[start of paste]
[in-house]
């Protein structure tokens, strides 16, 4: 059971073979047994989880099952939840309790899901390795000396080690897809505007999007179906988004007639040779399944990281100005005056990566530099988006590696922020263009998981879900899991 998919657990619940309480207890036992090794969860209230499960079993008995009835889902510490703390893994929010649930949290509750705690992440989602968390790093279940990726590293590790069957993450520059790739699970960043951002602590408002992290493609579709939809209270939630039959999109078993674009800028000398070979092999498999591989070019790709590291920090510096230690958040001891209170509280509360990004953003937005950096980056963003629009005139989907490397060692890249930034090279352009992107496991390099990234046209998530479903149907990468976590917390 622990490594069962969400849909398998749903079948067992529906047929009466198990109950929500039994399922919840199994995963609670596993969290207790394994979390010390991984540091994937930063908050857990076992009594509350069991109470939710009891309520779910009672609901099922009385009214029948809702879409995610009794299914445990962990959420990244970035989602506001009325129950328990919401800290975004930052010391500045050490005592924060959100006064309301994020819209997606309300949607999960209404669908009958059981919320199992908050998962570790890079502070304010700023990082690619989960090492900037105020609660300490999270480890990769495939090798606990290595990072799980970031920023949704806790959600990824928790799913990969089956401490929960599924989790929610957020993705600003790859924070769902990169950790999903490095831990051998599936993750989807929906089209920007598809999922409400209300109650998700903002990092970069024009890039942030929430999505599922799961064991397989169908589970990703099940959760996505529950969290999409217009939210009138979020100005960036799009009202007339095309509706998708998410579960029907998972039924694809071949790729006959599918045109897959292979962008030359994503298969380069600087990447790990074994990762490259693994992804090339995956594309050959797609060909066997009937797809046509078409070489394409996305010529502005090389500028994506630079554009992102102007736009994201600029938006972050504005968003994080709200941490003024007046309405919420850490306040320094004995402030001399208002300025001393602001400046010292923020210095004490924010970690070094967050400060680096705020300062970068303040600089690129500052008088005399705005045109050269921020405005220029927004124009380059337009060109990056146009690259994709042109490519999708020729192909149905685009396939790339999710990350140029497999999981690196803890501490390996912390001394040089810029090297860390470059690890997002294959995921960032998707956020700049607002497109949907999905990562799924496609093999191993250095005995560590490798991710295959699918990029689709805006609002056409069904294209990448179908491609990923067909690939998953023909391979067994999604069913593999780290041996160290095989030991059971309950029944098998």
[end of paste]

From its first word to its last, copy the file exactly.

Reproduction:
[in-house]
């Protein structure tokens, strides 16, 4: 059971073979047994989880099952939840309790899901390795000396080690897809505007999007179906988004007639040779399944990281100005005056990566530099988006590696922020263009998981879900899991 998919657990619940309480207890036992090794969860209230499960079993008995009835889902510490703390893994929010649930949290509750705690992440989602968390790093279940990726590293590790069957993450520059790739699970960043951002602590408002992290493609579709939809209270939630039959999109078993674009800028000398070979092999498999591989070019790709590291920090510096230690958040001891209170509280509360990004953003937005950096980056963003629009005139989907490397060692890249930034090279352009992107496991390099990234046209998530479903149907990468976590917390 622990490594069962969400849909398998749903079948067992529906047929009466198990109950929500039994399922919840199994995963609670596993969290207790394994979390010390991984540091994937930063908050857990076992009594509350069991109470939710009891309520779910009672609901099922009385009214029948809702879409995610009794299914445990962990959420990244970035989602506001009325129950328990919401800290975004930052010391500045050490005592924060959100006064309301994020819209997606309300949607999960209404669908009958059981919320199992908050998962570790890079502070304010700023990082690619989960090492900037105020609660300490999270480890990769495939090798606990290595990072799980970031920023949704806790959600990824928790799913990969089956401490929960599924989790929610957020993705600003790859924070769902990169950790999903490095831990051998599936993750989807929906089209920007598809999922409400209300109650998700903002990092970069024009890039942030929430999505599922799961064991397989169908589970990703099940959760996505529950969290999409217009939210009138979020100005960036799009009202007339095309509706998708998410579960029907998972039924694809071949790729006959599918045109897959292979962008030359994503298969380069600087990447790990074994990762490259693994992804090339995956594309050959797609060909066997009937797809046509078409070489394409996305010529502005090389500028994506630079554009992102102007736009994201600029938006972050504005968003994080709200941490003024007046309405919420850490306040320094004995402030001399208002300025001393602001400046010292923020210095004490924010970690070094967050400060680096705020300062970068303040600089690129500052008088005399705005045109050269921020405005220029927004124009380059337009060109990056146009690259994709042109490519999708020729192909149905685009396939790339999710990350140029497999999981690196803890501490390996912390001394040089810029090297860390470059690890997002294959995921960032998707956020700049607002497109949907999905990562799924496609093999191993250095005995560590490798991710295959699918990029689709805006609002056409069904294209990448179908491609990923067909690939998953023909391979067994999604069913593999780290041996160290095989030991059971309950029944098998």